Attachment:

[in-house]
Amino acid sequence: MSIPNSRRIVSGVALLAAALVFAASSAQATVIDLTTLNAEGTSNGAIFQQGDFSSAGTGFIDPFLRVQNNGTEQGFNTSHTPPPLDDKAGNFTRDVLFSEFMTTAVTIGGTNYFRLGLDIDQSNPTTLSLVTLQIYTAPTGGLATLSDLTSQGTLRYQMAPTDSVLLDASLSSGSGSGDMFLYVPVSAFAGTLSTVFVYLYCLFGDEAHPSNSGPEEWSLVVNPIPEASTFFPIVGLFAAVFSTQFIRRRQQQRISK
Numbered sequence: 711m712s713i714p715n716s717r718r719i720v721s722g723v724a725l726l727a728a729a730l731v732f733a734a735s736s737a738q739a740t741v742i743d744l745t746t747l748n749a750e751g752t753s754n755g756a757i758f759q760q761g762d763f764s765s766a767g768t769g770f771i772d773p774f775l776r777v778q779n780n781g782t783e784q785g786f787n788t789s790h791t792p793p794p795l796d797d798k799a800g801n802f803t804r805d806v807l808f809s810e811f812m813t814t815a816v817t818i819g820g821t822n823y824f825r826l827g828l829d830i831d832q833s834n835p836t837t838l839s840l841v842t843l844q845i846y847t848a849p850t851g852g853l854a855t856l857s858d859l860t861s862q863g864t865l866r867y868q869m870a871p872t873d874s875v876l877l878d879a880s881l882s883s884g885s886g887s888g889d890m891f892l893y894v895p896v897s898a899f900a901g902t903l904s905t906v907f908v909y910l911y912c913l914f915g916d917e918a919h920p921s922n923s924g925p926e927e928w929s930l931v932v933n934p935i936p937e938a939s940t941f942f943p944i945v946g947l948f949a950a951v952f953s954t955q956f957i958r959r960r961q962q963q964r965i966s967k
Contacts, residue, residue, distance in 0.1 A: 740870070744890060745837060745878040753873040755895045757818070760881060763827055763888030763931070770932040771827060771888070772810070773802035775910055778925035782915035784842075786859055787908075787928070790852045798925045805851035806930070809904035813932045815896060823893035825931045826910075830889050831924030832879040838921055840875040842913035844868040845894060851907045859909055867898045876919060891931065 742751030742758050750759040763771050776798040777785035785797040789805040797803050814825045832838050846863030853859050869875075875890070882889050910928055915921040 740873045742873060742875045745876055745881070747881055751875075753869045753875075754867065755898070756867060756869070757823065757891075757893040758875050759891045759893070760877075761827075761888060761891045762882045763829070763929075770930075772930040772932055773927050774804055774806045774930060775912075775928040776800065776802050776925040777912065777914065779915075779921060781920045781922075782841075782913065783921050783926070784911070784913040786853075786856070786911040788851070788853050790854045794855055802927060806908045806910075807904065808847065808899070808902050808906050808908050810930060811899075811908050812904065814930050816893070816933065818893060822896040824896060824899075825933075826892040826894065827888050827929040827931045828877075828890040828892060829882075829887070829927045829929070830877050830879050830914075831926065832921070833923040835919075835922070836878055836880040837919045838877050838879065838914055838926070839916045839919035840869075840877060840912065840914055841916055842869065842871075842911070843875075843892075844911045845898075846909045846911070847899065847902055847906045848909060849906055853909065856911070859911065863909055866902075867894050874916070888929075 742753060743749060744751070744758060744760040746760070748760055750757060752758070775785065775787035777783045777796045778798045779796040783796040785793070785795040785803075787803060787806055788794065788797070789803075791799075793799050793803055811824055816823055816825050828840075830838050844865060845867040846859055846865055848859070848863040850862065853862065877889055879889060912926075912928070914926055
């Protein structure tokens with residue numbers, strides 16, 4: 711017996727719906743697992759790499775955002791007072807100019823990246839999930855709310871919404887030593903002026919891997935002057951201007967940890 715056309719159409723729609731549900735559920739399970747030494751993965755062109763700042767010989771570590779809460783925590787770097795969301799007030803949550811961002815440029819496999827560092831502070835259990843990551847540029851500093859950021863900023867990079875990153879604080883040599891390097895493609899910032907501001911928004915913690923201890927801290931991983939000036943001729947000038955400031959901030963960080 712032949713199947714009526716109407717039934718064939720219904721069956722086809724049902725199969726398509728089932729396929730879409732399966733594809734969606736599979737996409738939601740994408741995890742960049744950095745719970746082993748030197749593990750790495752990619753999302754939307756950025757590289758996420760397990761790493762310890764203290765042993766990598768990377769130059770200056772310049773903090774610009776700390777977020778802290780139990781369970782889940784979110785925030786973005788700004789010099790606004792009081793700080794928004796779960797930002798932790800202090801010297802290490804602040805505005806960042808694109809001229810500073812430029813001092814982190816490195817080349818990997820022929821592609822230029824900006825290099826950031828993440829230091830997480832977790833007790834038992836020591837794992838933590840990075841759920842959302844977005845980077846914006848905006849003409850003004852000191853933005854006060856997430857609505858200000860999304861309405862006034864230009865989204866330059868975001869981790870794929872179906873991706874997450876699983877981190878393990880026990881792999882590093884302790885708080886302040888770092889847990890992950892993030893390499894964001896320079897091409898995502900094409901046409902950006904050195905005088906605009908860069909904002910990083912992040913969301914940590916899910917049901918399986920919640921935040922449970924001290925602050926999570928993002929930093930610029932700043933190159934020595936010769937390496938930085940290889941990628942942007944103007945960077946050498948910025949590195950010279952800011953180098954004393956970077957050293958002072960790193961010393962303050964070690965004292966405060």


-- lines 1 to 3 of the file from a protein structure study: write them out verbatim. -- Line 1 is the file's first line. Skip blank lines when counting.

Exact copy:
[in-house]
Amino acid sequence: MSIPNSRRIVSGVALLAAALVFAASSAQATVIDLTTLNAEGTSNGAIFQQGDFSSAGTGFIDPFLRVQNNGTEQGFNTSHTPPPLDDKAGNFTRDVLFSEFMTTAVTIGGTNYFRLGLDIDQSNPTTLSLVTLQIYTAPTGGLATLSDLTSQGTLRYQMAPTDSVLLDASLSSGSGSGDMFLYVPVSAFAGTLSTVFVYLYCLFGDEAHPSNSGPEEWSLVVNPIPEASTFFPIVGLFAAVFSTQFIRRRQQQRISK
Numbered sequence: 711m712s713i714p715n716s717r718r719i720v721s722g723v724a725l726l727a728a729a730l731v732f733a734a735s736s737a738q739a740t741v742i743d744l745t746t747l748n749a750e751g752t753s754n755g756a757i758f759q760q761g762d763f764s765s766a767g768t769g770f771i772d773p774f775l776r777v778q779n780n781g782t783e784q785g786f787n788t789s790h791t792p793p794p795l796d797d798k799a800g801n802f803t804r805d806v807l808f809s810e811f812m813t814t815a816v817t818i819g820g821t822n823y824f825r826l827g828l829d830i831d832q833s834n835p836t837t838l839s840l841v842t843l844q845i846y847t848a849p850t851g852g853l854a855t856l857s858d859l860t861s862q863g864t865l866r867y868q869m870a871p872t873d874s875v876l877l878d879a880s881l882s883s884g885s886g887s888g889d890m891f892l893y894v895p896v897s898a899f900a901g902t903l904s905t906v907f908v909y910l911y912c913l914f915g916d917e918a919h920p921s922n923s924g925p926e927e928w929s930l931v932v933n934p935i936p937e938a939s940t941f942f943p944i945v946g947l948f949a950a951v952f953s954t955q956f957i958r959r960r961q962q963q964r965i966s967k